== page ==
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"Bill was extraordinarily patient and understanding with us as we slowly revised the catalog.

Together, with his outstanding production manager, we produced a catalog that makes it easier than ever for our customers to find, see, and order the tools they need."

Ken Nicholson
Sales Manager
Falcon Tools

Marinco Specialty Wiring Device catalog


A Technical-Industrial Copyeditor improves your B2B Marketing 7 Ways

Has your company spent a lot of time on brochures and web pages, but you’re still not satisfied with the text?

Or, are you a marketing communicator who likes to “take a crack” at writing and then see it further improved in the hands of a skilled and experienced copywriter?

In-house marketing departments can be so close to their products that it compromises their ability to communicate about them. Sometimes faulty assumptions are made about the target audience’s knowledge. Or in-house copy accidentally skips over some of the logical steps taken by prospects during the buying process.

When written by engineers, in-house industrial copy can be loaded with jargon, overly reliant on long lists of features and benefits, or just plain hard to read. Organization can be another challenge. Graphics may be underutilized, particularly for intangible or complex concepts. And important corporate themes may be missing.

1) A copyeditor brings fresh eyes. You live and breathe your products all the time. By contrast, copyeditors work for multiple clients. Even when working furiously on a project with a killer deadline, the review process (that is, multiple drafts) has built-in breaks for copyeditors. They go and think about other products and industries while their drafts are being reviewed. As a result, copyeditors return to each project feeling rested and clearheaded.

2) A copyeditor assumes nothing. Your customers know a lot — after all, they’re engineers and technicians. But no one can be an expert on everything. Their experience in your field can vary greatly from engineer to engineer. A professional industrial copyeditor strikes a fine balance: not talking down to anyone, but also writing for the just-out-of-college engineer, or the engineer who has learned English as a second (or third or fourth) language.

3) A copyeditor goes step-by-step through the business case. What are all of the steps taken in the decision-making and buying process? Who are the influencers, and what are their concerns? Is each point in the business case specific and tangible? Does the copy make specifiers at ease in their justification of their purchase?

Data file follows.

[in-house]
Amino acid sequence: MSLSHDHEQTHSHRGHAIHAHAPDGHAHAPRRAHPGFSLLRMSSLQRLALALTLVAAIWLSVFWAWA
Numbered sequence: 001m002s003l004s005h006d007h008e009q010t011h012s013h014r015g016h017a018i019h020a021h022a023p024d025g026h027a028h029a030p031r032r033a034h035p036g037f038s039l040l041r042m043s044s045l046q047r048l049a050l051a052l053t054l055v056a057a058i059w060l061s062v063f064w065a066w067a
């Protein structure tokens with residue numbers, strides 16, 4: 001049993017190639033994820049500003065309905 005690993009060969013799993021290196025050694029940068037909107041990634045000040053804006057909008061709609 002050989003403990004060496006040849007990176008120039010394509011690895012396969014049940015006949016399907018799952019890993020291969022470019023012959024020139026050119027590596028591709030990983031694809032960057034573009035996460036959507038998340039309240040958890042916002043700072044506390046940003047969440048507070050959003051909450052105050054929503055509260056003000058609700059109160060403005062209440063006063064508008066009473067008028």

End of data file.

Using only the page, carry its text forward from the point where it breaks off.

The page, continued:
The professional industrial copyeditor brings an outside perspective that strengthens the business case for your product.

4) A copyeditor can translate engineerese. Engineers know what their words and acronyms mean. A good copyeditor can make certain everyone else knows what they mean, too. Studies show that readers are more engaged and comprehend better when short words and sentences are used. Short can also be technically accurate. Not to mention persuasive.

5) A copyeditor brings organization. A writer who isn’t organized for a 24-page technical-industrial brochure is dead meat. Good copywriters synthesize a tremendous amount of background information into a logical, step-by-step structure. And the structure, at its core, is the development of the value proposition. Well-written paragraphs are for naught if they don’t transition smoothly into one another, methodically strengthening the business case for the product’s value proposition.

Use industrial copyeditors as a tool to bring organization and clarity to your projects, especially if under tight deadlines.

6) A copyeditor supports corporate themes. Company divisions are sometimes so focused on their new product introductions that they can overlook corporate themes. Or, corporate themes are clumsily tacked on as an afterthought.

A good industrial copyeditor honors and uses established company themes, as well as all corporate identity and trademark guidelines. This discipline is deeply instilled in experienced copywriters who want to fully leverage the power of consistent corporate branding and identity.

7) A copyeditor thinks in pictures. Their words should be painting pictures in the prospect's mind. For a particularly complicated technical concept or process, the copyeditor should offer up one or more ideas as how to better illustrate the concept, either through metaphors or actual graphics. Easy-to-digest graphics — line drawings, photos, Flash videos, and charts — can forcefully drive home points made in the copy.

Conversely, engineers who write copy tend to be very literal. They may not have developed the creativity techniques for brainstorming ideas for graphics that quickly express intangible concepts or processes.

Good copyeditors always think in images. They are a constant source of ideas for graphics.

Do you have some marketing text that you think could be improved by an experienced technical-industrial copyeditor? Contact William Blake for a freelance copyediting quote and turnaround time.